To encourage a bushy and compact growth, pinch off the growing tips. The tips can be used to propagate new plants. Cut back leggy stems to rejuvenate growth.

Propagation

English Ivy (Hedera helix) can be propagated at the beginning of the growing season from stem cuttings. The stem cuttings root easily so there is no need for rooting hormone. Rooting of the cuttings can be done in 3 ways as follows.

How to propagate English Ivy from stem cuttings in soil

Take stem cuttings of about 4-5 in. length from a healthy English Ivy. Insert the cuttings in moist rooting soil.

Ensure the rooting container has adequate drainage to prevent the soil from getting soggy as it can lead to rotting.

Place the set up in a warm, brightly lit place and maintain the soil moist until new growth emerges.

When substantial growth has been observed, transfer the new plants to individual pots and begin routine care.

For a fuller Common Ivy, transfer several cuttings into one pot.

How to propage English Ivy from stem cuttings in water

Take cuttings of about 4-5 in. length from a healthy English Ivy plant. Place the cuttings in a jar of plain water and place in a well-lit spot.

Change the water every 5-7 days until when a good amount of roots have formed.

Transfer the rooted cuttings in moist potting soil. Ensure the pot has a drainage hole to prevent the soil from getting soggy as it can lead to rotting.

Place the set up in a warm, well-lit place and maintain the soil moist until new growth emerges.

Once substantial growth has been observed, transfer the new plants to individual pots and begin routine care.

For a fuller European Ivy, transfer several cuttings into one pot.

How to propagate English Ivy by spreading the stems on the soil

Spread the English Ivy stems on the soil surface while still attached to the mother plant. The stems will root at every point they come into contact with the soil.

Once rooted, sever the stems, dig them up and pot in moist soil in individual pots.

Place the new English Ivy plants in a warm, brightly-lit spot and maintain the soil moist until well established after which routine care can begin.

English Ivy, Hedera helix

Photo Credit: The Home Depot

Hedera helix Problems Indoors

English Ivy (Hedera helix) problems indoors are caused by improper care. These problems include leggy growth, brown leaf tips, loss of variegation, pests and diseases among others. Keep reading for more on these problems and how to fix them.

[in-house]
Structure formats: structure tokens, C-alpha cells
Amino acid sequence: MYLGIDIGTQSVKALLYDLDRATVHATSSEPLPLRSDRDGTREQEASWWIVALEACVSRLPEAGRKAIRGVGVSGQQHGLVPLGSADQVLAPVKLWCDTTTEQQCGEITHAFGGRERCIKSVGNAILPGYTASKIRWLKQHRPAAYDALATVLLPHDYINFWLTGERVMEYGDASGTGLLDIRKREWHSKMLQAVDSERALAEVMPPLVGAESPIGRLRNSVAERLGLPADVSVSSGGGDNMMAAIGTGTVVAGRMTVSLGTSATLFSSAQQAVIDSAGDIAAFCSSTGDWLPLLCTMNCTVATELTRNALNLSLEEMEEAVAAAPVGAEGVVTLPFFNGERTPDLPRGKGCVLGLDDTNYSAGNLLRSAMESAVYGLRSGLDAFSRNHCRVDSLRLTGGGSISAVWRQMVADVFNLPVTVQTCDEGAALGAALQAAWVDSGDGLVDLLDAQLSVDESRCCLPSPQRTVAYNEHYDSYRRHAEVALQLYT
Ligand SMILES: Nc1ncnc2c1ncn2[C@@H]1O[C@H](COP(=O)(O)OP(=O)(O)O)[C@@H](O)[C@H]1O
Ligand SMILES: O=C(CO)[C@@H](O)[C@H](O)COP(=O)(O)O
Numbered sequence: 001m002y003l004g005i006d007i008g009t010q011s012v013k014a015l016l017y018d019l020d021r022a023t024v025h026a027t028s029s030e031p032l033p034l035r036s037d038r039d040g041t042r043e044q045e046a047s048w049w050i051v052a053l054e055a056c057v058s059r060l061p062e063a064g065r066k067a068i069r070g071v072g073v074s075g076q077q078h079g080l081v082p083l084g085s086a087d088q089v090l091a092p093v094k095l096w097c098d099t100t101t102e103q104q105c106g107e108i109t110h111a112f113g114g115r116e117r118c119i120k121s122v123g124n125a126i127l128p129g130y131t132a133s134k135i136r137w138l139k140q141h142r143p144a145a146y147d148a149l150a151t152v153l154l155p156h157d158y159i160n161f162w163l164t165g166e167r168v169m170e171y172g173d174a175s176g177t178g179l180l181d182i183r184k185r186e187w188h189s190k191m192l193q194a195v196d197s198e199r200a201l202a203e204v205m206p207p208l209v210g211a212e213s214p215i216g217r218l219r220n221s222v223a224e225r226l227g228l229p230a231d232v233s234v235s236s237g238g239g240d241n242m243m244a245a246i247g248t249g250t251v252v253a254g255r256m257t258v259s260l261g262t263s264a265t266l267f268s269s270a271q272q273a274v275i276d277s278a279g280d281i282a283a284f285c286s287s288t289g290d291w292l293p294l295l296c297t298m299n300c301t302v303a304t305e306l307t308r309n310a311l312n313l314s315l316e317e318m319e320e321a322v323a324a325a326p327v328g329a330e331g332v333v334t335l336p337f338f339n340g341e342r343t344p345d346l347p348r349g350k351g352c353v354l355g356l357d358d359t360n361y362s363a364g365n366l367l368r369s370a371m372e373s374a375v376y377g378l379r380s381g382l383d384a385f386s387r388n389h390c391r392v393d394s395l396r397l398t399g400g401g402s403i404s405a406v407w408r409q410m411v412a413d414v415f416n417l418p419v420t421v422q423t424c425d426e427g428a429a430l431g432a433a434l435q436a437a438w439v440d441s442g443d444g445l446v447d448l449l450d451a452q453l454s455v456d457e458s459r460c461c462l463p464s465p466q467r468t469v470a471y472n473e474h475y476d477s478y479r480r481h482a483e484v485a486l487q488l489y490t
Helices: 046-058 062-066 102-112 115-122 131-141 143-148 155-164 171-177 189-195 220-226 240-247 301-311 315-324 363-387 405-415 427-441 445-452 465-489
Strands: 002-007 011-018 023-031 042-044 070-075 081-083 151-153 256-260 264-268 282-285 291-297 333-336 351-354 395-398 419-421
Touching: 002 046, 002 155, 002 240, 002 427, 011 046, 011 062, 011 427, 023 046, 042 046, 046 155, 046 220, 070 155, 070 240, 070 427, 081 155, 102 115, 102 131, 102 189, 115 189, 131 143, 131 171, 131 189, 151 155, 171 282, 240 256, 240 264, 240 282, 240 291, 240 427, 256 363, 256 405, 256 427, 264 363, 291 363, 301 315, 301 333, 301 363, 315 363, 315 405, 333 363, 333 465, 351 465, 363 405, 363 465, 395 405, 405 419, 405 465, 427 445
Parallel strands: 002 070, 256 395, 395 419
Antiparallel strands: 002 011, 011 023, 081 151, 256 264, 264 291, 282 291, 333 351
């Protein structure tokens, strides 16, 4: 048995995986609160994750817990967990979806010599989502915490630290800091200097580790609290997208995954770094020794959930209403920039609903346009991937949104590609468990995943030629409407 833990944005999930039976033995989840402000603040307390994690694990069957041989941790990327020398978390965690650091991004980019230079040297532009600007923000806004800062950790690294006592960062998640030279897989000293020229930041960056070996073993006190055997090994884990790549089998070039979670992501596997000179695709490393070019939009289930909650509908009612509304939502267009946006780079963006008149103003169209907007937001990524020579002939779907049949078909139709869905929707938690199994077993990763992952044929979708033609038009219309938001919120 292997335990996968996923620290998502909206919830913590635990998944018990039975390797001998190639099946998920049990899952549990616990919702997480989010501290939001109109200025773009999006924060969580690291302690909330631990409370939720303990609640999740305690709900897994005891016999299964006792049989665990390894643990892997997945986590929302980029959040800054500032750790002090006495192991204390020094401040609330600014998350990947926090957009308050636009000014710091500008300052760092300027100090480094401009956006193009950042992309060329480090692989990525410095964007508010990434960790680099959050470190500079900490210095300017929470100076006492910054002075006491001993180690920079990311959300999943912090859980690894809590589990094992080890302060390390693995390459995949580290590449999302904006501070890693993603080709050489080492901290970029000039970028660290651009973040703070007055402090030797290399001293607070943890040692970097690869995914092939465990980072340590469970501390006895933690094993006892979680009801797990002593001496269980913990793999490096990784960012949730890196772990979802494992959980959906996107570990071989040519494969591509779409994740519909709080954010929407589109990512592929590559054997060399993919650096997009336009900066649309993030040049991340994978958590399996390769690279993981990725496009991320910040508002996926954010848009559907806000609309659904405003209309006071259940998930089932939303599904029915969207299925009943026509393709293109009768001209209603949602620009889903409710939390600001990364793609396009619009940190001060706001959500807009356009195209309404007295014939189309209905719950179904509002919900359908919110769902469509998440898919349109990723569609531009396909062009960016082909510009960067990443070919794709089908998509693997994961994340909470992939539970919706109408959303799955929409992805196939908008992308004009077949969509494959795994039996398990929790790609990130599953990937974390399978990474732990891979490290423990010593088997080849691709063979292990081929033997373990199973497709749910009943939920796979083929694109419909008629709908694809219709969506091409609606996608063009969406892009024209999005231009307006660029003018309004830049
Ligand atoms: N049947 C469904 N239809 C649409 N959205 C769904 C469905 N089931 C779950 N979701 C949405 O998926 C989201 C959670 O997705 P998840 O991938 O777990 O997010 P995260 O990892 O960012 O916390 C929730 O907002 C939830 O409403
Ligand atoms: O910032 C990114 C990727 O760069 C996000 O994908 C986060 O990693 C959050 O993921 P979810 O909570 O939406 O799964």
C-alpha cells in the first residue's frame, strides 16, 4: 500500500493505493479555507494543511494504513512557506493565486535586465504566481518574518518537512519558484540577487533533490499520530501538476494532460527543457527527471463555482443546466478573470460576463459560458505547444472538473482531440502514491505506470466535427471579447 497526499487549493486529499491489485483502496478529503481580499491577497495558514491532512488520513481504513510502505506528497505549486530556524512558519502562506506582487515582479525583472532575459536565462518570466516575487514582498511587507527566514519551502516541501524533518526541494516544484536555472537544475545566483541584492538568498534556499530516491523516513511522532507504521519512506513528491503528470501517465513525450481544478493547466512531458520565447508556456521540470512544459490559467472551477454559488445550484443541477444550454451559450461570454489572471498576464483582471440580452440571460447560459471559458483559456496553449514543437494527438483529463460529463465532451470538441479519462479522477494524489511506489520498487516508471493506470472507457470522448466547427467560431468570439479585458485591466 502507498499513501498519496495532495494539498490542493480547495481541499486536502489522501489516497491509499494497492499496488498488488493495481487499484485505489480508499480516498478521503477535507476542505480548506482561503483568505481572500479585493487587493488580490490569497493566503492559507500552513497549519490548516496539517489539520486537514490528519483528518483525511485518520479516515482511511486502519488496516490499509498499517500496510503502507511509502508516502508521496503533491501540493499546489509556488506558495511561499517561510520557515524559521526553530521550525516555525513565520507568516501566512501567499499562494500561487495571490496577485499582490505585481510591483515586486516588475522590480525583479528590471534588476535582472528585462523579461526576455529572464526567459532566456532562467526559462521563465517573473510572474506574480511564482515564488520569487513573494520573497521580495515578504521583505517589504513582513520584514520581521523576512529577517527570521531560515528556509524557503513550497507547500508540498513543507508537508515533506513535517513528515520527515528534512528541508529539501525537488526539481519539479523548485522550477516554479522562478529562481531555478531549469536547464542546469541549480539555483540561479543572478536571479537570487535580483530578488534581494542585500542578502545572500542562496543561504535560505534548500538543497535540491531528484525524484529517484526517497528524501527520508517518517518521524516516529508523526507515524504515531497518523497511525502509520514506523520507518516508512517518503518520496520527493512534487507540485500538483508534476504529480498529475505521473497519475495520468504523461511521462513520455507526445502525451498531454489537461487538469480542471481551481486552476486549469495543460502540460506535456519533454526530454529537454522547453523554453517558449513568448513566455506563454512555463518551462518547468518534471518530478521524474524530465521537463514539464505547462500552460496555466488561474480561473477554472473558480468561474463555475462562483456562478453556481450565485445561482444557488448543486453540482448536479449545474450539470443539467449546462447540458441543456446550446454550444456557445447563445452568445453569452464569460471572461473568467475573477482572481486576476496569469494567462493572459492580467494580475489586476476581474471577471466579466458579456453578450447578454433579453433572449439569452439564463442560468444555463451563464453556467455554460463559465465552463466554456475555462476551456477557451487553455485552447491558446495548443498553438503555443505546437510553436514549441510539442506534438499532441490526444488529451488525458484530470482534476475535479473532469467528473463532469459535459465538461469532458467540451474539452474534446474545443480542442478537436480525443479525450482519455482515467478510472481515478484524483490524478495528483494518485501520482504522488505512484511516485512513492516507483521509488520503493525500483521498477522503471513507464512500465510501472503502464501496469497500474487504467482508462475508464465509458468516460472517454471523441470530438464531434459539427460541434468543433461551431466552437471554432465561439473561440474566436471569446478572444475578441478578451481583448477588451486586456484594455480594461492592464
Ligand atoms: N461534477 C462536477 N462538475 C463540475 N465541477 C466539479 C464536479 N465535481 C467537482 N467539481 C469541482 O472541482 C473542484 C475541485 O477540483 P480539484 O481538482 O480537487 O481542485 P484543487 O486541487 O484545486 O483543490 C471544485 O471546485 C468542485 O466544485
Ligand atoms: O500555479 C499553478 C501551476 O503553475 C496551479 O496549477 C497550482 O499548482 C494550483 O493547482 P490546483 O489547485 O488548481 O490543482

Undersized leaves and leggy growth

English Ivy bearing undersized leaves and showing leggy growth is receiving too little light.

Move the Common Ivy to a brighter spot where it will receive bright light away from direct sunlight or instal a grow light where natural light is not sufficient. Check out this guide on understanding light for houseplants.

However, naturally, the mature leaves at the base will drop with age. Cut back the bare stems to rejuvenate growth.

Brown, dry leaf tips and edges

English Ivy brown, dry leaf tips and edges and stunted growth is a sign of spider mites infestation as a result of too dry air.

Set the pot on a wet pebble tray or use a cool mist humidifier to raise humidity inorder to discourage pest infestation. Read more on how to raise humidity for houseplants.

Also remove dead growth to reduce the pest infestation as dead growth acts as a breeding ground for pests.

Loss of variegation

Variegated English Ivy turning all green (loss of variegation) is due to two possible reasons. One possible reason is too little light.

Move the European Ivy to a brighter spot and ensure it is receiving bright light away from direct sunshine or instal a grow light if the natural light is not sufficient.

The second reason for loss of variegation in variegated English Ivy is inadequate growth space if the plant is pot-bound.

Repot the plant into a pot one size larger than the current one. Ensure the pot has a drainage hole to prevent the soil from getting soggy as it can lead to root-rot disease and eventual death of the plant.

Pests

Common pests in English Ivy are spider mites and aphids. Isolate the affected plant to prevent spread to the other houseplants and treat it for the pests appropriately.

Diseases

The common diseases in English Ivy are leaf spot and root-rot which are prevalent in overwet conditions.

Isolate the affected plant to prevent spread to the other houseplants and treat it for the diseases appropriately.

Is English Ivy toxic?

English Ivy (Hedera helix) is toxic to both humans and pets as indicated by ASPCA. If ingested, it can cause vomiting, diarrhea and abdominal pains. Keep it away from the reach of children and pets.